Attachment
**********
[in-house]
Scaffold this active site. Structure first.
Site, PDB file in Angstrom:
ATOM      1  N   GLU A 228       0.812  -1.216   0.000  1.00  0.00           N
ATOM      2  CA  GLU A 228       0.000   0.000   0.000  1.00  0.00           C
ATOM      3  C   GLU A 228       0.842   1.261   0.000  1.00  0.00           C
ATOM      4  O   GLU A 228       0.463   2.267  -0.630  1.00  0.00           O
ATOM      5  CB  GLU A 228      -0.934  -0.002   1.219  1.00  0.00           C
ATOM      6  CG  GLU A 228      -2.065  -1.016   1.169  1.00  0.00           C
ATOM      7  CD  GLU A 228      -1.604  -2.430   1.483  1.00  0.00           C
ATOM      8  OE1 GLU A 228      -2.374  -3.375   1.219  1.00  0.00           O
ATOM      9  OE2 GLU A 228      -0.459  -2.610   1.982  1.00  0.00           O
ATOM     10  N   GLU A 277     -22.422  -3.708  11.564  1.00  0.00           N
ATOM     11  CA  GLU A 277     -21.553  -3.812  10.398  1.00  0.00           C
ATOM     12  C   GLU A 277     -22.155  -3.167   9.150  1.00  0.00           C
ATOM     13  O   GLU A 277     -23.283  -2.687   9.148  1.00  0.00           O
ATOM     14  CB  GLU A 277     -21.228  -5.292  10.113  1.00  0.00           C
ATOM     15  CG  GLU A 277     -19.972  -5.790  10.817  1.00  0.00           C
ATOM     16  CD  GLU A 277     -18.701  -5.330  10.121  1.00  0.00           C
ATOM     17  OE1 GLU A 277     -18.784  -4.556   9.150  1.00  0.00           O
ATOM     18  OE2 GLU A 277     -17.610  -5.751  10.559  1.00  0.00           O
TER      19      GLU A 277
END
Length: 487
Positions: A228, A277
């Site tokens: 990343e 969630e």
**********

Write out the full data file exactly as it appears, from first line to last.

[in-house]
Scaffold this active site. Structure first.
Site, PDB file in Angstrom:
ATOM      1  N   GLU A 228       0.812  -1.216   0.000  1.00  0.00           N
ATOM      2  CA  GLU A 228       0.000   0.000   0.000  1.00  0.00           C
ATOM      3  C   GLU A 228       0.842   1.261   0.000  1.00  0.00           C
ATOM      4  O   GLU A 228       0.463   2.267  -0.630  1.00  0.00           O
ATOM      5  CB  GLU A 228      -0.934  -0.002   1.219  1.00  0.00           C
ATOM      6  CG  GLU A 228      -2.065  -1.016   1.169  1.00  0.00           C
ATOM      7  CD  GLU A 228      -1.604  -2.430   1.483  1.00  0.00           C
ATOM      8  OE1 GLU A 228      -2.374  -3.375   1.219  1.00  0.00           O
ATOM      9  OE2 GLU A 228      -0.459  -2.610   1.982  1.00  0.00           O
ATOM     10  N   GLU A 277     -22.422  -3.708  11.564  1.00  0.00           N
ATOM     11  CA  GLU A 277     -21.553  -3.812  10.398  1.00  0.00           C
ATOM     12  C   GLU A 277     -22.155  -3.167   9.150  1.00  0.00           C
ATOM     13  O   GLU A 277     -23.283  -2.687   9.148  1.00  0.00           O
ATOM     14  CB  GLU A 277     -21.228  -5.292  10.113  1.00  0.00           C
ATOM     15  CG  GLU A 277     -19.972  -5.790  10.817  1.00  0.00           C
ATOM     16  CD  GLU A 277     -18.701  -5.330  10.121  1.00  0.00           C
ATOM     17  OE1 GLU A 277     -18.784  -4.556   9.150  1.00  0.00           O
ATOM     18  OE2 GLU A 277     -17.610  -5.751  10.559  1.00  0.00           O
TER      19      GLU A 277
END
Length: 487
Positions: A228, A277
């Site tokens: 990343e 969630e």